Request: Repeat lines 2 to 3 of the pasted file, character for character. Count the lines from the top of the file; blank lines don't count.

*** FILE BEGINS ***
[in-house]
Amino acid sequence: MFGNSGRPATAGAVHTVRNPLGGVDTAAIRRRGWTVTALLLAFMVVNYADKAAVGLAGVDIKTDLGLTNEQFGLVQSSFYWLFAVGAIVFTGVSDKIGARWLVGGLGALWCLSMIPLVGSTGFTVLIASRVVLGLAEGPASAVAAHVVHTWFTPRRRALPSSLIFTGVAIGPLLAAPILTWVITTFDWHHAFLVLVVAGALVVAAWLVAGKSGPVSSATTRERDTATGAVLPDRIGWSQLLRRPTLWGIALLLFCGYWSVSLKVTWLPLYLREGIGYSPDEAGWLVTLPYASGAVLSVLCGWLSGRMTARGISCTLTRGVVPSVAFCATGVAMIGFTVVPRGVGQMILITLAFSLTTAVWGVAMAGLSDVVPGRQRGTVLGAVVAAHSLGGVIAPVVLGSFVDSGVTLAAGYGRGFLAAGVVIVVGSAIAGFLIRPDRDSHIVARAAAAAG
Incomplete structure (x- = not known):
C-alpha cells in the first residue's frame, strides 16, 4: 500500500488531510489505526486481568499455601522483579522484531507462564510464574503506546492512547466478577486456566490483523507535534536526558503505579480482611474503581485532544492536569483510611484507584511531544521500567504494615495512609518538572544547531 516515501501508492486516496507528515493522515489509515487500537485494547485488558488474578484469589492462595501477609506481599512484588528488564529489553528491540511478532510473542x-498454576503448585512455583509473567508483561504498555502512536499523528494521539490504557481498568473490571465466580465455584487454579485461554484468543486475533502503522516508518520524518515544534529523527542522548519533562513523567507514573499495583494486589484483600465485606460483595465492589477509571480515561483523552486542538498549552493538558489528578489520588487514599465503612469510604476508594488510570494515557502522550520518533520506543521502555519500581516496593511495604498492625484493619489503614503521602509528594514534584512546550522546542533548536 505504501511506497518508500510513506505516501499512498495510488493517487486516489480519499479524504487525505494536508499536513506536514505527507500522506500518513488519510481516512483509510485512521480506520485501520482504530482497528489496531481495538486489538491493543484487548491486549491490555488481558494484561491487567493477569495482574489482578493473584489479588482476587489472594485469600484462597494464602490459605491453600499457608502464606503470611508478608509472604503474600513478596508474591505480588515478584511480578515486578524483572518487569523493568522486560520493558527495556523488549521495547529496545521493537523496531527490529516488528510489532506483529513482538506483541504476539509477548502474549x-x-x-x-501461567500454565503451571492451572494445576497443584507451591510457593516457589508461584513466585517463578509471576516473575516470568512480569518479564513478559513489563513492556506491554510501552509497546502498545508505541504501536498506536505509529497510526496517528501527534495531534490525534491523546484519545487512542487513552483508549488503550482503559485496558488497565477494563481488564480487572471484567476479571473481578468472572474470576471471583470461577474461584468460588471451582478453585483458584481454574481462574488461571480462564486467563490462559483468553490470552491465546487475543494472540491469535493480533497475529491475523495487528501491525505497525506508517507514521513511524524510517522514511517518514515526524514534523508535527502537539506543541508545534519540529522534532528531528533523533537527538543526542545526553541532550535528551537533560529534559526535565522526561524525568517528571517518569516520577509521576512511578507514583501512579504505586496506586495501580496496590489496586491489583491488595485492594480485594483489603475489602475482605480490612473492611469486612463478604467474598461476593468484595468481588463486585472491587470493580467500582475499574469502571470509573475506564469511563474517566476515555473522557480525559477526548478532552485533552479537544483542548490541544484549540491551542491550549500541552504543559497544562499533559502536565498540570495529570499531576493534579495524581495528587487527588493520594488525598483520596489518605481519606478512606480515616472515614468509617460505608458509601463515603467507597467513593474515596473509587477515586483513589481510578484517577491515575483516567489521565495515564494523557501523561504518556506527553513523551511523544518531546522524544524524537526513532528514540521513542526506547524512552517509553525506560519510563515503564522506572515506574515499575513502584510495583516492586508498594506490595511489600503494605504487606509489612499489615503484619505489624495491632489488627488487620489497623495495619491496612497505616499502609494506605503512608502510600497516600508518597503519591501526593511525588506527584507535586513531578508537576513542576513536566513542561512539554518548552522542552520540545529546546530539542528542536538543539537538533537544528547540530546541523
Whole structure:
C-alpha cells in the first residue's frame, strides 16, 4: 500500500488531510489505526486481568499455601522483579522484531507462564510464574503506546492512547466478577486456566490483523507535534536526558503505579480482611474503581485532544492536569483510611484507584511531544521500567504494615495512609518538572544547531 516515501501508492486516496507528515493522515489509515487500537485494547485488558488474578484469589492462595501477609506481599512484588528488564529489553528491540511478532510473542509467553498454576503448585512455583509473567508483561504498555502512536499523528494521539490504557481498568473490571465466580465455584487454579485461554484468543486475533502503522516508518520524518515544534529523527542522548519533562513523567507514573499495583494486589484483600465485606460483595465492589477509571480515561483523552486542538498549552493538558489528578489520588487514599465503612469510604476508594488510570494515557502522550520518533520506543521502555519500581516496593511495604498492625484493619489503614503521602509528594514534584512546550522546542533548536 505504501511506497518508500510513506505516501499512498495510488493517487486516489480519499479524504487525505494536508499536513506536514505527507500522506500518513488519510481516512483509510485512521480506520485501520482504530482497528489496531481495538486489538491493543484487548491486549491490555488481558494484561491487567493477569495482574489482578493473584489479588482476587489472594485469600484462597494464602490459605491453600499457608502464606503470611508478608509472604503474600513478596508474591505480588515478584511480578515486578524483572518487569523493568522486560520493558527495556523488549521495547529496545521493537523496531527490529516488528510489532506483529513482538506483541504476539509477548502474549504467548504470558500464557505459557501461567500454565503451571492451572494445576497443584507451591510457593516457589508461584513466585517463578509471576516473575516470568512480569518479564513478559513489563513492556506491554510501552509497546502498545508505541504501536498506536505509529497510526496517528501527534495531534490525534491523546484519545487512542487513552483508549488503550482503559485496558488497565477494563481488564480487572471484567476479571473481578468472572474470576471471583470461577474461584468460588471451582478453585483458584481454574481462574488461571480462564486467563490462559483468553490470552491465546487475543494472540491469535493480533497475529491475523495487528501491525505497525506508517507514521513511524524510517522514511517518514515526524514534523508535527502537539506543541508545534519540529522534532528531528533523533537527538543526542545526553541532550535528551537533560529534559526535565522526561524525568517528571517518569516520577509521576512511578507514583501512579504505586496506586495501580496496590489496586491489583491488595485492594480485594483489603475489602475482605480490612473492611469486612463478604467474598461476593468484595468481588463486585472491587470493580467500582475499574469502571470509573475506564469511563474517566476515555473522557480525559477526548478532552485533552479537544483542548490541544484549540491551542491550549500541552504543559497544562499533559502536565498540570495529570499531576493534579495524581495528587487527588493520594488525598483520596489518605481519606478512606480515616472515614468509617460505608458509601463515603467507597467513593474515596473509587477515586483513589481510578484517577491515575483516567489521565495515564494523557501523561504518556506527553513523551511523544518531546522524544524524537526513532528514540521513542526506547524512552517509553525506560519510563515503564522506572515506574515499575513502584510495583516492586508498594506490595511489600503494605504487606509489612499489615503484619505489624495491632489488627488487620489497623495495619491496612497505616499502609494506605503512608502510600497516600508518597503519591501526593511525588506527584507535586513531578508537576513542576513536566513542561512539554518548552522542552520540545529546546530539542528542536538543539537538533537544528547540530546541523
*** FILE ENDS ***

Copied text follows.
Amino acid sequence: MFGNSGRPATAGAVHTVRNPLGGVDTAAIRRRGWTVTALLLAFMVVNYADKAAVGLAGVDIKTDLGLTNEQFGLVQSSFYWLFAVGAIVFTGVSDKIGARWLVGGLGALWCLSMIPLVGSTGFTVLIASRVVLGLAEGPASAVAAHVVHTWFTPRRRALPSSLIFTGVAIGPLLAAPILTWVITTFDWHHAFLVLVVAGALVVAAWLVAGKSGPVSSATTRERDTATGAVLPDRIGWSQLLRRPTLWGIALLLFCGYWSVSLKVTWLPLYLREGIGYSPDEAGWLVTLPYASGAVLSVLCGWLSGRMTARGISCTLTRGVVPSVAFCATGVAMIGFTVVPRGVGQMILITLAFSLTTAVWGVAMAGLSDVVPGRQRGTVLGAVVAAHSLGGVIAPVVLGSFVDSGVTLAAGYGRGFLAAGVVIVVGSAIAGFLIRPDRDSHIVARAAAAAG
Incomplete structure (x- = not known):